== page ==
Verdi's Epic "Don Carlo" Returns to the Metropolitan Opera
Nicholas Hytner’s production of Giuseppe Verdi’s “Don Carlo” returns to the Metropolitan Opera on Friday evening, with the Mexican tenor Ramón Vargas singing the title role under the baton of Lorin Maazel. The elaborate production made its debut at the Met in 2010, with Roberto Alagna cast as Carlo, and was greeted with a standing ovation and favorable reviews. Writing for the New York Times, Anthony Tommasini said, “New productions are always grist for debate in the opera world. But it is hard to imagine what opera buffs might object to in this one…. Mr. Hytner’s impressively fluid staging places the cast in evocative period costumes (by Bob Crowley) against the backdrops of spare, modern-looking sets (also by Mr. Crowley).”
Verdi’s five-act opera, which clocks in at around four and a half hours, is set in Spain circa 1560 against the dark backdrop of the Inquisition. It tells the story of Carlo, heir to the throne, whose beloved Elisabeth, the daughter of King Henry II, marries Carlo’s father, King Phillip II, in order to broker a peace treaty between France and Spain. Based on the play by Friedrich Schiller, the opera cleverly weaves known historical figures and facts with a fictional narrative that involves two love triangles, soap opera-worthy family drama, betrayal, heartbreak, religious oppression, and political rebellion.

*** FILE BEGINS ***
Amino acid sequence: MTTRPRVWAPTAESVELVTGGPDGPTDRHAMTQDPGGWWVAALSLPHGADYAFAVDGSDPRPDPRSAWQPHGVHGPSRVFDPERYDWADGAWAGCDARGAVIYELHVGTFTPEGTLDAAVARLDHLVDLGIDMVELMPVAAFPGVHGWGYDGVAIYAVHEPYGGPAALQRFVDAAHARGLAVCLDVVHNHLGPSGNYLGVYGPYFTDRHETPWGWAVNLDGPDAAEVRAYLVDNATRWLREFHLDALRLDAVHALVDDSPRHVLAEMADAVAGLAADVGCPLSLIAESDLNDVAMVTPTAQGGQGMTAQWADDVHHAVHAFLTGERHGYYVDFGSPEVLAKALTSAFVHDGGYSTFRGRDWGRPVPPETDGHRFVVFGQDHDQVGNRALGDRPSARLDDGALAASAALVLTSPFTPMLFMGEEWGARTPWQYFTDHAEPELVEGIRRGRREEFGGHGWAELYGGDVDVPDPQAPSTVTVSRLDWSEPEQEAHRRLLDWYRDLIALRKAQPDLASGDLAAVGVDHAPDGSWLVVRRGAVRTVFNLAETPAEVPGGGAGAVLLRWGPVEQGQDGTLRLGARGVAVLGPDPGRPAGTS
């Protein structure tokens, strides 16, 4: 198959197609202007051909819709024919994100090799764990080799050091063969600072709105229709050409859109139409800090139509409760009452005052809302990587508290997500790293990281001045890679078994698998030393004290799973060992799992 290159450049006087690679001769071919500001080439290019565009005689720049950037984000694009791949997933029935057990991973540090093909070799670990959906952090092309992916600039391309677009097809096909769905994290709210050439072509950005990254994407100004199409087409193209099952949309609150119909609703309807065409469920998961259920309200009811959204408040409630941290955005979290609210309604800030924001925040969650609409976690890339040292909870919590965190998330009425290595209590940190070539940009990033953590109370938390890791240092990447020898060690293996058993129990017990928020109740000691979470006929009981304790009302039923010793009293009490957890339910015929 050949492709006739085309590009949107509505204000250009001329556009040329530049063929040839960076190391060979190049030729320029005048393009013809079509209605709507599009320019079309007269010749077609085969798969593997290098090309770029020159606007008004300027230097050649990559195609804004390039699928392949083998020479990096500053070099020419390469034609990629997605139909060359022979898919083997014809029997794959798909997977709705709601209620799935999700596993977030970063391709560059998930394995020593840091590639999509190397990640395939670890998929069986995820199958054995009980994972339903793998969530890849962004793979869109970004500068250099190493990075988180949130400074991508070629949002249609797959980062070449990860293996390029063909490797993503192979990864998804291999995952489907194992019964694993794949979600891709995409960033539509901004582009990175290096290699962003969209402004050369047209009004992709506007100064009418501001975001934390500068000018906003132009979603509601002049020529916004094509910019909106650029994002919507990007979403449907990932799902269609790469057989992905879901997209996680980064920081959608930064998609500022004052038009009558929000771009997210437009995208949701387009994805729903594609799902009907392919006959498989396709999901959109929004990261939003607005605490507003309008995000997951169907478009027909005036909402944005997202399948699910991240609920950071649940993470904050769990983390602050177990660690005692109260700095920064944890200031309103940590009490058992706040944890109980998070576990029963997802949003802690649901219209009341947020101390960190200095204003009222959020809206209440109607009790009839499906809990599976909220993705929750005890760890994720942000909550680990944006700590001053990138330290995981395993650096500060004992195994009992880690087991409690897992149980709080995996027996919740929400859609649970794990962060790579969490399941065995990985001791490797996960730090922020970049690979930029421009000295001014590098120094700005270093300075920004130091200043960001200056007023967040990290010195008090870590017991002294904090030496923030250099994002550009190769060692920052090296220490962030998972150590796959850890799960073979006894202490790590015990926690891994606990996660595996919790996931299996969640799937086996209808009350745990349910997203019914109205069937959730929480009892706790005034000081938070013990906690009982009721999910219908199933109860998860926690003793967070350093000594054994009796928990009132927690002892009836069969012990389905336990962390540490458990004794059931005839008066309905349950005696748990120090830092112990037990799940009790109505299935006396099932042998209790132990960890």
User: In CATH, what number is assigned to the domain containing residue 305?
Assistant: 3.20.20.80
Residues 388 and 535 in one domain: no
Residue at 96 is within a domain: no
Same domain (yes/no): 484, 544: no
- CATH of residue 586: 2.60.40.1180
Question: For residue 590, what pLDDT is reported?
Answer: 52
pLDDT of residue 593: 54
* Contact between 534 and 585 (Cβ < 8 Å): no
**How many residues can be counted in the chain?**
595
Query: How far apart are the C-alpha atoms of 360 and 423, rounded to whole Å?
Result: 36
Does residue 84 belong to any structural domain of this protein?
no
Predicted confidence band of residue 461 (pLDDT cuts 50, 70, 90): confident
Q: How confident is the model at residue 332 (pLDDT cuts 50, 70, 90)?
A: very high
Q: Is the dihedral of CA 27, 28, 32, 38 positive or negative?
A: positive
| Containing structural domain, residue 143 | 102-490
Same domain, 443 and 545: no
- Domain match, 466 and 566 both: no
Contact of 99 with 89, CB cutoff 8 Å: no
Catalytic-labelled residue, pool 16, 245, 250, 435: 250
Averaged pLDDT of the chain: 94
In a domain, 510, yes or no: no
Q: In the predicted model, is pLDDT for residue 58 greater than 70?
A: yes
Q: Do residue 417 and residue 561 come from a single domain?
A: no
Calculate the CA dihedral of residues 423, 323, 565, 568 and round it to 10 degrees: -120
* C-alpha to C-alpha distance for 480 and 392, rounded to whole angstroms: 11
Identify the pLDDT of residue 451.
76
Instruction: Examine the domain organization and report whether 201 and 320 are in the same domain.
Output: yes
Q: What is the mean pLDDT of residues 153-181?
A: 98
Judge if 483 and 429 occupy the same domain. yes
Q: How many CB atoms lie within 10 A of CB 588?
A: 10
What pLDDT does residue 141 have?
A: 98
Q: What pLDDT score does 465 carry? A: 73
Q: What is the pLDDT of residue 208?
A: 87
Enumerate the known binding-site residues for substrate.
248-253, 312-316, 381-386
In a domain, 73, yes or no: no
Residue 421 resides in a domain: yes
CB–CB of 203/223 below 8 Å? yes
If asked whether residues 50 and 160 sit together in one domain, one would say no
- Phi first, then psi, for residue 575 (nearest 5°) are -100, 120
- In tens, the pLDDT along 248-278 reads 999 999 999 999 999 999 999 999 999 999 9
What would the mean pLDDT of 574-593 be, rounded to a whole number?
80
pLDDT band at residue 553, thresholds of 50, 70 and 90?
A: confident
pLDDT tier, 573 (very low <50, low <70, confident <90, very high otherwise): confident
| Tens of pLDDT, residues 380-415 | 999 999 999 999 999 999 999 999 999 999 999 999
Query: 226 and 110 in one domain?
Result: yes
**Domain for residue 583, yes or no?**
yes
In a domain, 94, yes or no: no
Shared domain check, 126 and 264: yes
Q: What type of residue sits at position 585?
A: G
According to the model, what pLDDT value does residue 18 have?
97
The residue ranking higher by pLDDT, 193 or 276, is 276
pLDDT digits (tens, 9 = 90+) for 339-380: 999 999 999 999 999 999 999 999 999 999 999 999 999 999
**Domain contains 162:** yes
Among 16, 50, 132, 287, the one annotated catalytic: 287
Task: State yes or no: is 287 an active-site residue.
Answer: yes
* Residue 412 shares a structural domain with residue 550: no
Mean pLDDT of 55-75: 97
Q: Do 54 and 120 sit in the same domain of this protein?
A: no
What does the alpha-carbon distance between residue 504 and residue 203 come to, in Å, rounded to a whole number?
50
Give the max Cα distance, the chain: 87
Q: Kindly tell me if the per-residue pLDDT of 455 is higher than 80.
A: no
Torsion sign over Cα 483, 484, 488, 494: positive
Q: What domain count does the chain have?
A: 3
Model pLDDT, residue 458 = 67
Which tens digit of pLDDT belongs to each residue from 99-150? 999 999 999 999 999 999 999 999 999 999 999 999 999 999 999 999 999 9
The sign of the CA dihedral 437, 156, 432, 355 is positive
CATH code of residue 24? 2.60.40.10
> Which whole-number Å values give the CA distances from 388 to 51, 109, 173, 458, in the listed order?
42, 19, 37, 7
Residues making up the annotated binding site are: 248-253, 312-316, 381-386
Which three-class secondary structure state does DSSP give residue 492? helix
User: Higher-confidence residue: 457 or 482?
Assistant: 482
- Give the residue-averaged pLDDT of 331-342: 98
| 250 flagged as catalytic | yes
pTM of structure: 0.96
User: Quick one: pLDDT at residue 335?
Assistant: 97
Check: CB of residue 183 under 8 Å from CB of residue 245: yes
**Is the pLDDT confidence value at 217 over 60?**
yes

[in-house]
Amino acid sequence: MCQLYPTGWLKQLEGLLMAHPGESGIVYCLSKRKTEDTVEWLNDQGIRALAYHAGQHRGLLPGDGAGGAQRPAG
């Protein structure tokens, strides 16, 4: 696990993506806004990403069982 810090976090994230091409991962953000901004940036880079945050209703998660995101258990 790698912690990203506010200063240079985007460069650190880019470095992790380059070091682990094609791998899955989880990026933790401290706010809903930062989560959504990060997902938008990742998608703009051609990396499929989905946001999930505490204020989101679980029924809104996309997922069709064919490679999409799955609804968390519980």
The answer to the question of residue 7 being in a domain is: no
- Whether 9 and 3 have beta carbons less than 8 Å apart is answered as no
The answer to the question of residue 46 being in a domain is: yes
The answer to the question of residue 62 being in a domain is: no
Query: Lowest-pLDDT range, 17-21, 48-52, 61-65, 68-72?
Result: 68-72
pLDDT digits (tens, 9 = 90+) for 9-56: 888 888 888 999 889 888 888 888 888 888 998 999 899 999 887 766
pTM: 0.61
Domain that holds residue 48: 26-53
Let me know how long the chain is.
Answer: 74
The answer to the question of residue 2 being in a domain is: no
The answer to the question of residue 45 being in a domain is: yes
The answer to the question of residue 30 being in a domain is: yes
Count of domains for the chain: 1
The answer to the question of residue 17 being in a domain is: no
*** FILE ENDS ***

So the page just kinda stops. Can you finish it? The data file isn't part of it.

Originally written in French but subsequently translated and commonly performed in Italian (as it will be at the Met), “Don Carlo” is the longest of Verdi’s 28 operas. It was premiered by the Paris Opera in 1867, though Verdi revised the work numerous times over the course of two decades. It was not performed at the Met until 1920, at which point it was virtually unknown in the United States.
This season’s Metropolitan Opera production, which features Barbara Frittoli, Anna Smirnova, Dmitri Hvorostovsky, Ferruccio Furlanetto, and Eric Halfvarson, runs at Lincoln Center from February 22 through March 16.